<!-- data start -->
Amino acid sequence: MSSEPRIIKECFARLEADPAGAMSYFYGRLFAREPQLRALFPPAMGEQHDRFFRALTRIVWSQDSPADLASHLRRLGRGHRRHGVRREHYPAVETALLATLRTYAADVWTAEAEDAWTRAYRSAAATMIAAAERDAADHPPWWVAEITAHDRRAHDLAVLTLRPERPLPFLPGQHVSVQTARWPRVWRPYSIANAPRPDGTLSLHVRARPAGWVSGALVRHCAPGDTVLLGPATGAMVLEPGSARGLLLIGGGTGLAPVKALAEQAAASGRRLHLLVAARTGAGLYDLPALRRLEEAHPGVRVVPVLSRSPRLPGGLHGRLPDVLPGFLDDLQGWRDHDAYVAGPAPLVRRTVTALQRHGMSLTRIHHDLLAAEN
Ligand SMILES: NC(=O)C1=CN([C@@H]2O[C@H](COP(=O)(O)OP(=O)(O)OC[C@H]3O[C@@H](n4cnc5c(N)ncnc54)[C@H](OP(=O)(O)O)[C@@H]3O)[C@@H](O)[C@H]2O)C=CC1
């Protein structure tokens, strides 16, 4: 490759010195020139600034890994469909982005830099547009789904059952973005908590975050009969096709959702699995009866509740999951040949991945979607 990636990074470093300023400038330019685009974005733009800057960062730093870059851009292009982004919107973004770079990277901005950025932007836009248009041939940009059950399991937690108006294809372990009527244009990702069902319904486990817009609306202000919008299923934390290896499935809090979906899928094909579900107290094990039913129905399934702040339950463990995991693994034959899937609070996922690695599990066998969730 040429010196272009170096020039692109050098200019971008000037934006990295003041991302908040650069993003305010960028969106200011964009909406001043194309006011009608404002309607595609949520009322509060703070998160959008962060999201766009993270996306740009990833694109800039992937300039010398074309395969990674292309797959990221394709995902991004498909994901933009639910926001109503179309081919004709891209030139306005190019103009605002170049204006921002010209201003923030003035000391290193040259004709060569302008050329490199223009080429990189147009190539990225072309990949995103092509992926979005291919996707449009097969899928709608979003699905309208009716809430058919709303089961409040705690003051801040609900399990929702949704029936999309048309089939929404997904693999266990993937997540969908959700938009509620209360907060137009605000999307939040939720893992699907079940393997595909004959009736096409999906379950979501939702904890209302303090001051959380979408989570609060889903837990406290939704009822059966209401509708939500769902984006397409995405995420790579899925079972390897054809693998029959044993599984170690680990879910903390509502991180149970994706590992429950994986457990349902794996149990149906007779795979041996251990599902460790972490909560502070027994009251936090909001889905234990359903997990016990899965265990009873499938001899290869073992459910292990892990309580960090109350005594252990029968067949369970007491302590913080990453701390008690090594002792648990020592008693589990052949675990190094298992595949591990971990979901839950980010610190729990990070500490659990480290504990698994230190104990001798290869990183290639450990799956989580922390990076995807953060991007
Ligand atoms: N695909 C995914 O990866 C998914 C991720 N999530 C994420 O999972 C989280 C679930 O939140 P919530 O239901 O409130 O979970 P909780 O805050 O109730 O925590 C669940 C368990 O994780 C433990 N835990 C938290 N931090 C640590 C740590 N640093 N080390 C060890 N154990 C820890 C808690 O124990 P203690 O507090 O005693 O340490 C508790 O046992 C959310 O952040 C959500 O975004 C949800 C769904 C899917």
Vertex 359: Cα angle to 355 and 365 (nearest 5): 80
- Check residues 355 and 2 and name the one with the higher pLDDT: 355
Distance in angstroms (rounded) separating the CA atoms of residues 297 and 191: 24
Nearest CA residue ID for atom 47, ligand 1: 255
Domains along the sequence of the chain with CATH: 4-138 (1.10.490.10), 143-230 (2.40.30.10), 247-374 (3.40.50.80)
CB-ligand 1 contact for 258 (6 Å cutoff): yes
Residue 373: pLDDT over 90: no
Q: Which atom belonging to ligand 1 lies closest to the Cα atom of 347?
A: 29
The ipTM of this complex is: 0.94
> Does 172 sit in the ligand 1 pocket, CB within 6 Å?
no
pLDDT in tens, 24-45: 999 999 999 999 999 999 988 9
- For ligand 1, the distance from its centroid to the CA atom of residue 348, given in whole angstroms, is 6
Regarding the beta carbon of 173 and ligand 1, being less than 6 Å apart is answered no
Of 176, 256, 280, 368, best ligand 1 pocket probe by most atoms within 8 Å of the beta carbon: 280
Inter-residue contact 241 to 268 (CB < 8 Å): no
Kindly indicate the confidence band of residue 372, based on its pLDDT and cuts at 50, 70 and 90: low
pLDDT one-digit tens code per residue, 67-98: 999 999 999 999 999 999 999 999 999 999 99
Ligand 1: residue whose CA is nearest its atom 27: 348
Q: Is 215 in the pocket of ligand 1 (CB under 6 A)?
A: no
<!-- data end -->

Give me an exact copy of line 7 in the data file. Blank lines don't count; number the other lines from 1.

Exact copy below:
Distance in angstroms (rounded) separating the CA atoms of residues 297 and 191: 24